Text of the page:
As with many businesses, my company has experienced changes since the start of the COVID-19 pandemic resulting in the decision to reconsider and redefine what the workplace will look like for my company and my employees. I have recently begun to tour many buildings with office space available to identify the best solution for my current needs.
What I have learned from this experience is that while many of these facilities meet the bare minimum requirements of compliance with the Americans with Disabilities Act (ADA), none of them meet the ideals of universal design and very few are willing to consider the impacts and limitations this creates for employees and business owners with disabilities.
A few examples of what I have seen include accessible parking and curb cuts being positioned away from the main entrance to the building, no power assisted doors, bathrooms that would not be usable by people in a wheelchair, and cafeterias not designed to be inclusive of people with disabilities. These examples were not limited to older commercial buildings but were just as much a problem in new office spaces that have been built over the last few years.
After having conversations with building and facilities managers about their rental spaces, I have come to the conclusion that not only do they not see the need to create accessible workspace that includes people with disabilities, but they have determined they do not care to attract business owners like me – entrepreneurs with disabilities.
I was shocked at their lack of interest in gaining my business during a time when many business-owners are reevaluating the need for physical office space. Even after explaining that I employ people with disabilities that would regularly be accessing this space, as well as hosting meetings with national and internationally recognized disability civil rights advocates, politicians, and business leaders interested in inclusion there was little interest in accommodating my requests for creating space that was accessible for people with disabilities. Even knowing that I have had reporters from various local and non-local news outlets video tape or interview me at my office didn’t phase them. Their position remained firm that tenants would have to pay for any updates to increase accessibility of their space.
To be clear, I am not talking about accessibility of individual office space, but main areas of the building that all people access. Tenants interested in creating inclusive and accessible workspaces are required to pay for changes that incorporate universal design into common areas like building entrances, corridors, bathrooms, lobbies, and cafeterias. This becomes a disincentive for business leasing commercial office space for creating an environment that is accessible and for including people with disabilities in their workforce.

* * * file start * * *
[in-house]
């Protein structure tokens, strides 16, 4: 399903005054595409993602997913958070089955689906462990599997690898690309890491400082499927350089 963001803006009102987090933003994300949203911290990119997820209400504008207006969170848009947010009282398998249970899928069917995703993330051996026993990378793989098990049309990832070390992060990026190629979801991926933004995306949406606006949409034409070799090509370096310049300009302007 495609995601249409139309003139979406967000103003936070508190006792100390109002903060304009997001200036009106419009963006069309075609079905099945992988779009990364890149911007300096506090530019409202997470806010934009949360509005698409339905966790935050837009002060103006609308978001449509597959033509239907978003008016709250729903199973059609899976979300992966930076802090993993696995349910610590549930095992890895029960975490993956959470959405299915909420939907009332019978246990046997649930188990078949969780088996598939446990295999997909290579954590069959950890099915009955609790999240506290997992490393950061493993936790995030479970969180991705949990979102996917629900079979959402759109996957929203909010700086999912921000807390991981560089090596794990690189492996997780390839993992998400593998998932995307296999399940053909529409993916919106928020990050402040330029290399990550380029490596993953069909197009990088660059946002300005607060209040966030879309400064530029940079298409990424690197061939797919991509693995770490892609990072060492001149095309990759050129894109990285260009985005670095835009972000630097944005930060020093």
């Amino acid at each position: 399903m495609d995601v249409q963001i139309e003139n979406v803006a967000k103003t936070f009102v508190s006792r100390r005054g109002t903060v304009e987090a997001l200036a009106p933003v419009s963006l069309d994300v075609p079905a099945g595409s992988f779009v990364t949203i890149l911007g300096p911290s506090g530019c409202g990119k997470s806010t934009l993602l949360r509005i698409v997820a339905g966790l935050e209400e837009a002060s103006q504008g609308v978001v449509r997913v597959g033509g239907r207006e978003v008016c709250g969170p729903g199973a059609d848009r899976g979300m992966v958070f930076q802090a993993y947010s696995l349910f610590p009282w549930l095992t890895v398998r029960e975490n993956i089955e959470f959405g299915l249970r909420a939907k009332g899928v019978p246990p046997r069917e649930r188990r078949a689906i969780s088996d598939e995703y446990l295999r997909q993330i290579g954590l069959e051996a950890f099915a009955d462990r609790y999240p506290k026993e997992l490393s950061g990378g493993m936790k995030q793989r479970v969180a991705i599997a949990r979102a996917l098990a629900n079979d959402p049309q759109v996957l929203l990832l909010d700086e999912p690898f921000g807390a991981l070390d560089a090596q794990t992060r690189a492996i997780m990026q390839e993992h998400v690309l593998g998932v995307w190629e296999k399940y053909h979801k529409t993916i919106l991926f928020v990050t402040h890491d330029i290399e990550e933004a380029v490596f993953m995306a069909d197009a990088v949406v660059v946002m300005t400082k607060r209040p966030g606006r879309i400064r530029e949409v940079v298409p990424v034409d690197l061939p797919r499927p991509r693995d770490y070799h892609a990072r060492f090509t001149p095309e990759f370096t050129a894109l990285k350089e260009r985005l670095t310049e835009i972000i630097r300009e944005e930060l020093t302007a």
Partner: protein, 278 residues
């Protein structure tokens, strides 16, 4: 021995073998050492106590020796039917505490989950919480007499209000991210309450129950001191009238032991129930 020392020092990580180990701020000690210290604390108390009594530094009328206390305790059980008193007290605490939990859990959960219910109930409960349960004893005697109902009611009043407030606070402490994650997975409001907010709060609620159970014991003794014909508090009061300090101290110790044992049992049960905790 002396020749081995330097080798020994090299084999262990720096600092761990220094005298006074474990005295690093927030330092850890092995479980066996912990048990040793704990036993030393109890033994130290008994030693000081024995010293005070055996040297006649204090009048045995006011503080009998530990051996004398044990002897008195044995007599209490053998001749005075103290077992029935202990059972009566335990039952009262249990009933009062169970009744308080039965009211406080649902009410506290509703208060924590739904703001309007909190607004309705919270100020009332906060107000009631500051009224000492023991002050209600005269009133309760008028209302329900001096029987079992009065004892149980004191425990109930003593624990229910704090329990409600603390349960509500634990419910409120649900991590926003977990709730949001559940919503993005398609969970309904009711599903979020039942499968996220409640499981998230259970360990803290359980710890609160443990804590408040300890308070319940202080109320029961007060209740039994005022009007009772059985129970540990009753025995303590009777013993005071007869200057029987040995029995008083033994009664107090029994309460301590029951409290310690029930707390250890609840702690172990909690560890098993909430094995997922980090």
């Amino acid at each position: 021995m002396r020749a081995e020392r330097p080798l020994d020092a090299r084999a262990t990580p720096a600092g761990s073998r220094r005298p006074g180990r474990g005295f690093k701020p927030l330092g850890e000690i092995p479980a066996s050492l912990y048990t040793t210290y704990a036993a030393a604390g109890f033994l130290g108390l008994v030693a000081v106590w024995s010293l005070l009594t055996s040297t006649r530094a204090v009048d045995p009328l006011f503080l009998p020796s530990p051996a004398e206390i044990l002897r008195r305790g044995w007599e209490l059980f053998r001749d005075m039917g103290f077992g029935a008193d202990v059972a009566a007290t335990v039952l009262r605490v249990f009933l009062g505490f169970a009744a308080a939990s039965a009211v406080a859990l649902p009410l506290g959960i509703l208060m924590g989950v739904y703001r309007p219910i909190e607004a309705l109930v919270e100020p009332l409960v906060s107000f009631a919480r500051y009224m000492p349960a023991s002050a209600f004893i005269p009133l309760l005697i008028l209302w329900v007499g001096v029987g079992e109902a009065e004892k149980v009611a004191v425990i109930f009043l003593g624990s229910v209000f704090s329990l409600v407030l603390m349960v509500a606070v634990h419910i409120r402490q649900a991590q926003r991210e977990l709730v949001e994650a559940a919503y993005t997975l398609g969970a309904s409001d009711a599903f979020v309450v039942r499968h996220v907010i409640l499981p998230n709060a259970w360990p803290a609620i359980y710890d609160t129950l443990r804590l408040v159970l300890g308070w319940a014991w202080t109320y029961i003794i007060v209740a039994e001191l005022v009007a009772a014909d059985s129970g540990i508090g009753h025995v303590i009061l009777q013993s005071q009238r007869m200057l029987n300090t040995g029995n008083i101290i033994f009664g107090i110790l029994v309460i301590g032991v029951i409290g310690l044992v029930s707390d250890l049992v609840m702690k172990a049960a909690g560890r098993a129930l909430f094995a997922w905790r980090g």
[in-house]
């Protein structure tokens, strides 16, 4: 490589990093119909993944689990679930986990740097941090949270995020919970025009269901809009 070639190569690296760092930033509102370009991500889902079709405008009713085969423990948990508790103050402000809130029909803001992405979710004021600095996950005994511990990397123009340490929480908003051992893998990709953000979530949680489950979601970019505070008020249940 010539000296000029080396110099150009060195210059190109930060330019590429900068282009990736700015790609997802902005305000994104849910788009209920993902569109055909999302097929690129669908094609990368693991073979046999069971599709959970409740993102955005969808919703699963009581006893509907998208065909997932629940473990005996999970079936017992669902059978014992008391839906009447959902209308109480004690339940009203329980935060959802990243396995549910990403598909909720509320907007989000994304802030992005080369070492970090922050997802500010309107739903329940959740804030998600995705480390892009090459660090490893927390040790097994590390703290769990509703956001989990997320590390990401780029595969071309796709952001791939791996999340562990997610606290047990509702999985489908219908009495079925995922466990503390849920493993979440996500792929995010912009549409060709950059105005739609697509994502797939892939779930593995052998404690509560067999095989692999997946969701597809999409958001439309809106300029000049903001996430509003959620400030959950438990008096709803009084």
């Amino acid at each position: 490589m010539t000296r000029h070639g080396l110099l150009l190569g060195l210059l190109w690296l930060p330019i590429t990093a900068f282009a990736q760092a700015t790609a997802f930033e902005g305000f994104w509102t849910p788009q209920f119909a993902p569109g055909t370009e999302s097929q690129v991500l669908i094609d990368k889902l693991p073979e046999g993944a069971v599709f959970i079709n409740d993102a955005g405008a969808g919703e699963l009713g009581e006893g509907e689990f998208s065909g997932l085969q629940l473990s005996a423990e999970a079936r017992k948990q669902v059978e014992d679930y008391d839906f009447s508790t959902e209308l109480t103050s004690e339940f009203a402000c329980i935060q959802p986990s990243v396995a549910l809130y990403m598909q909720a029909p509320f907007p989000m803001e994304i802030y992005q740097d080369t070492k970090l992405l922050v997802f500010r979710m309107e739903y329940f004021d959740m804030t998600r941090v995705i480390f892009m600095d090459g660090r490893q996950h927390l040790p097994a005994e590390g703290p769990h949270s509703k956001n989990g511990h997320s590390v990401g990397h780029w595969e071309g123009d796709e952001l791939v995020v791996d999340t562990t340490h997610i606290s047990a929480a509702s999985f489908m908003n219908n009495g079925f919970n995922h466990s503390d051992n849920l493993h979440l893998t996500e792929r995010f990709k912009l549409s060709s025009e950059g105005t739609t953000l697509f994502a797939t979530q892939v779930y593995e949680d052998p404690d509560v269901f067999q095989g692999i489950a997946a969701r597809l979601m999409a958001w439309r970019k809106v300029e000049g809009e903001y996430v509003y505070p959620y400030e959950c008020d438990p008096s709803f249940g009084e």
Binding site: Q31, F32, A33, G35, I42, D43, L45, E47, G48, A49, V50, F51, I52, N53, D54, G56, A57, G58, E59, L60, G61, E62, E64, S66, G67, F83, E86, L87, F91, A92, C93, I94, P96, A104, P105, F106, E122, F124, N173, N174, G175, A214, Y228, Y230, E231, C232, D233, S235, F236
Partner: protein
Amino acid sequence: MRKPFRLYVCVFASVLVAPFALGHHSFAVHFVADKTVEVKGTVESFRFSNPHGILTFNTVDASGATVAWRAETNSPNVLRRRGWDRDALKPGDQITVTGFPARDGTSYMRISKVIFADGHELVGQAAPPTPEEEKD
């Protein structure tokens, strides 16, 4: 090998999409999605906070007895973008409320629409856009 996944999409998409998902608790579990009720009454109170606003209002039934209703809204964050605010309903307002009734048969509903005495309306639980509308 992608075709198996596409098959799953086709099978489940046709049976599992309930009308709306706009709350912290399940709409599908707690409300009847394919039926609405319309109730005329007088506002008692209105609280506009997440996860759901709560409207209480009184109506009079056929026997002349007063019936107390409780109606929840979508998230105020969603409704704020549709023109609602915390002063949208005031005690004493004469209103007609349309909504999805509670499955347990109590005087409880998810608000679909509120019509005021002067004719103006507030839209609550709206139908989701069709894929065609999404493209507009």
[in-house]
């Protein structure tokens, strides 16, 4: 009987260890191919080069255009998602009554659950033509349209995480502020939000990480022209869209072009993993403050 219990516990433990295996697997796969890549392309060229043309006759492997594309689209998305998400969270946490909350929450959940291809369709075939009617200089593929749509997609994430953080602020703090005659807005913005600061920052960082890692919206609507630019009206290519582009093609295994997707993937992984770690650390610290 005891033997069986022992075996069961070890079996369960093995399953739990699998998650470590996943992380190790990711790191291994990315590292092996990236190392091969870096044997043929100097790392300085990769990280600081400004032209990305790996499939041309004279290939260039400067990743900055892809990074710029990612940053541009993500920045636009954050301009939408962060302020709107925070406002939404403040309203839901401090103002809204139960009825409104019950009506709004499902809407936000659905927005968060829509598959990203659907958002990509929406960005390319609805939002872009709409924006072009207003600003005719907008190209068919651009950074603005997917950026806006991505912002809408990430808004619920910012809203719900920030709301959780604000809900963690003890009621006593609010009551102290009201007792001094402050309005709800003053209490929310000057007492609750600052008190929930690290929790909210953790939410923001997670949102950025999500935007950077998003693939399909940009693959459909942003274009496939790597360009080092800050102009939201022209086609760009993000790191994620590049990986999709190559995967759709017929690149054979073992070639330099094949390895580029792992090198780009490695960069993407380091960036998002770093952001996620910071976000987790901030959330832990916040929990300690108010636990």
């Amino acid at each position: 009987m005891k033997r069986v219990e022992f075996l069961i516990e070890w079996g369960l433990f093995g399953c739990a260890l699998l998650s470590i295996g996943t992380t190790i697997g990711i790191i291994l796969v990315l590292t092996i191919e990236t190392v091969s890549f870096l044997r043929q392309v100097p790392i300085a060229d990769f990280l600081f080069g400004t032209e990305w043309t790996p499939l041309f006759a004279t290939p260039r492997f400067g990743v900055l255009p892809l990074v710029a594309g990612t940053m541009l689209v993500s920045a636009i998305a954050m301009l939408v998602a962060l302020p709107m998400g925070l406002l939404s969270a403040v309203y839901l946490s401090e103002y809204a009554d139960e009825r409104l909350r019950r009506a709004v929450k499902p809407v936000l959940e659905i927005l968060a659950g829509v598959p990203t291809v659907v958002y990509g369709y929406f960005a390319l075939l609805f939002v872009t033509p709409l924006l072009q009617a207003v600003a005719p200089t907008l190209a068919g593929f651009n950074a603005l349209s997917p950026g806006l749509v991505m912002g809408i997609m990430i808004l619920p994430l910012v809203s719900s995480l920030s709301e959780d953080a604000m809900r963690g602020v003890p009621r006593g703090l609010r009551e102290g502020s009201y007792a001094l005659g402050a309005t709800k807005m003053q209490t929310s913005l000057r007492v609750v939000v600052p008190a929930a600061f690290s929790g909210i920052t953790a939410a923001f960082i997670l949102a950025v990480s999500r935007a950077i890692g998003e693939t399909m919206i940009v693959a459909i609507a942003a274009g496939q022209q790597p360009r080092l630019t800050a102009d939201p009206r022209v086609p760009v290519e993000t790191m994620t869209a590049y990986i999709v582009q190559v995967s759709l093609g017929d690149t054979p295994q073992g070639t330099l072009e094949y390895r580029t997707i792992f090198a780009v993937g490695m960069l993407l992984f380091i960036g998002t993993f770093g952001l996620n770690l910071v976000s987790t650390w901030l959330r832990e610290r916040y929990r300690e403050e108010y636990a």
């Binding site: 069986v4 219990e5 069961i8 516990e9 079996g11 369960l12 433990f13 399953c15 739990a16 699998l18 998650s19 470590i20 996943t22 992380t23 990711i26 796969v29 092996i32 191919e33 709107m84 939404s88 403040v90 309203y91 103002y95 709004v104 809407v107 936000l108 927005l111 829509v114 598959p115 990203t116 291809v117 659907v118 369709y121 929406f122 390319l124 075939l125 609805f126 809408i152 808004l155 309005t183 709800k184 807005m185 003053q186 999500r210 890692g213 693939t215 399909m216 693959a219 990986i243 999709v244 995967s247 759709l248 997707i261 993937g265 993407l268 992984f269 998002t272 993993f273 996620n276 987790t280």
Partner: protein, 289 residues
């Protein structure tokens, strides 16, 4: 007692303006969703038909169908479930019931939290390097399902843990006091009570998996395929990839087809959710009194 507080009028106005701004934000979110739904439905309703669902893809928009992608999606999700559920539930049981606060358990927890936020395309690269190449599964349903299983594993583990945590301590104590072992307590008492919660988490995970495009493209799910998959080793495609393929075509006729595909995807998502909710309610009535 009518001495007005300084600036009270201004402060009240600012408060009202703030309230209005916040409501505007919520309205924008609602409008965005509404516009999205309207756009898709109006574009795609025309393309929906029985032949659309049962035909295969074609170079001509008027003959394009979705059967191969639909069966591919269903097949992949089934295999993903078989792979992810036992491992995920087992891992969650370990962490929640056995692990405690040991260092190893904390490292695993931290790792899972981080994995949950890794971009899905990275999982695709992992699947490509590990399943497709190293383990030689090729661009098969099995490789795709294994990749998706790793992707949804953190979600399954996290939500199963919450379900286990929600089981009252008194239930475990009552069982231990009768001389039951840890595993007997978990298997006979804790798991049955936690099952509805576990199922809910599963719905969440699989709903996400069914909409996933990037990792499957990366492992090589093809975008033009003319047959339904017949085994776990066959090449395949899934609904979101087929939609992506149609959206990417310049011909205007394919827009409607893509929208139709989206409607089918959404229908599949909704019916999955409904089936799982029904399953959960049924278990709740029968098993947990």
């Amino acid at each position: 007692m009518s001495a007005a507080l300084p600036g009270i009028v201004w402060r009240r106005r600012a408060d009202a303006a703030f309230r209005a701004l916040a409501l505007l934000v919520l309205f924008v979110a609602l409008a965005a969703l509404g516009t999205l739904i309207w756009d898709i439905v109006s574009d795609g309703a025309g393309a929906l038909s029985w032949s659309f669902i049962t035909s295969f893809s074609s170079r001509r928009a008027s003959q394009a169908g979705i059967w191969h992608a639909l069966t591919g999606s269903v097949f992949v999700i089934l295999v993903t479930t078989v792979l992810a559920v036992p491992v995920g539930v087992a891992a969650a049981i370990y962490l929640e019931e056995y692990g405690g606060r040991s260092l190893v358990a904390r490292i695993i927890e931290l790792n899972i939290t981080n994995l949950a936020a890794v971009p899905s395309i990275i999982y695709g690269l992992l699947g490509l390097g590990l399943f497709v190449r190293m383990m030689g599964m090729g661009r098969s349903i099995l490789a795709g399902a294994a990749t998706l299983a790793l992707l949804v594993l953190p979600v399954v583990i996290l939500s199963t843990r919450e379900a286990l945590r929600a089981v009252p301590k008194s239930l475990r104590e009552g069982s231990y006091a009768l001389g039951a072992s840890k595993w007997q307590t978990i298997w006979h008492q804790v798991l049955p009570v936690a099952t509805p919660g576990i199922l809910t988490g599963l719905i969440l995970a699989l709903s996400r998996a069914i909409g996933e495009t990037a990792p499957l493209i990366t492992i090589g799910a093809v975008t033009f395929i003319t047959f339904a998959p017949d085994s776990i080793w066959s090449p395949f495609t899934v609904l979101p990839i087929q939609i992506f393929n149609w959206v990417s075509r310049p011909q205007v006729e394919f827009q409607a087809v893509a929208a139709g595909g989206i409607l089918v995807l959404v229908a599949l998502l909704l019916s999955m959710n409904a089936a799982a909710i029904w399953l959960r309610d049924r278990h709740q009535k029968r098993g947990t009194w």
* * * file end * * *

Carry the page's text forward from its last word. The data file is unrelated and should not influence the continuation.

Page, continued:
“In this environment where office owners, building owners are losing so much money because they’re half empty and people are choosing other options or working from home, wouldn’t you think that they’d want a competitive advantage and invest in that [power assisted doors] so they can differentiate themselves from other businesses?” This is the question that Peter Blanck, Chairman of Burton Blatt Institute (BBI) posed in a recent episode of Disability Matters.
I remain determined to only lease accessible and inclusive space, but I can’t help but think about all the other Disability-Owned Business Enterprises (DOBE) out there in the Pittsburgh area and across the country who are seeking office space for their businesses. How many DOBEs have been turned away by commercial space landlords and building owners not considering them as a customer? How many have been forced to pay for accessibility features that bring in additional revenues by creating a more desirable space?
I know that I will be asking this question in future conversations with DOBEs when I hold sessions with Disability:IN as their master mentor. For forward thinking business owners and entrepreneurs, I encourage you to join me and make it clear that the minimum is not enough. We can change the conversation by speaking up and making it clear to commercial landlords that this is a requirement for our continued business.
We wouldn’t settle for commercial building owners who won’t pave parking lots, repair leaking sinks, or replace broken windows. We shouldn’t settle for less than the best when it comes to access and inclusion either. The bare minimum is not enough.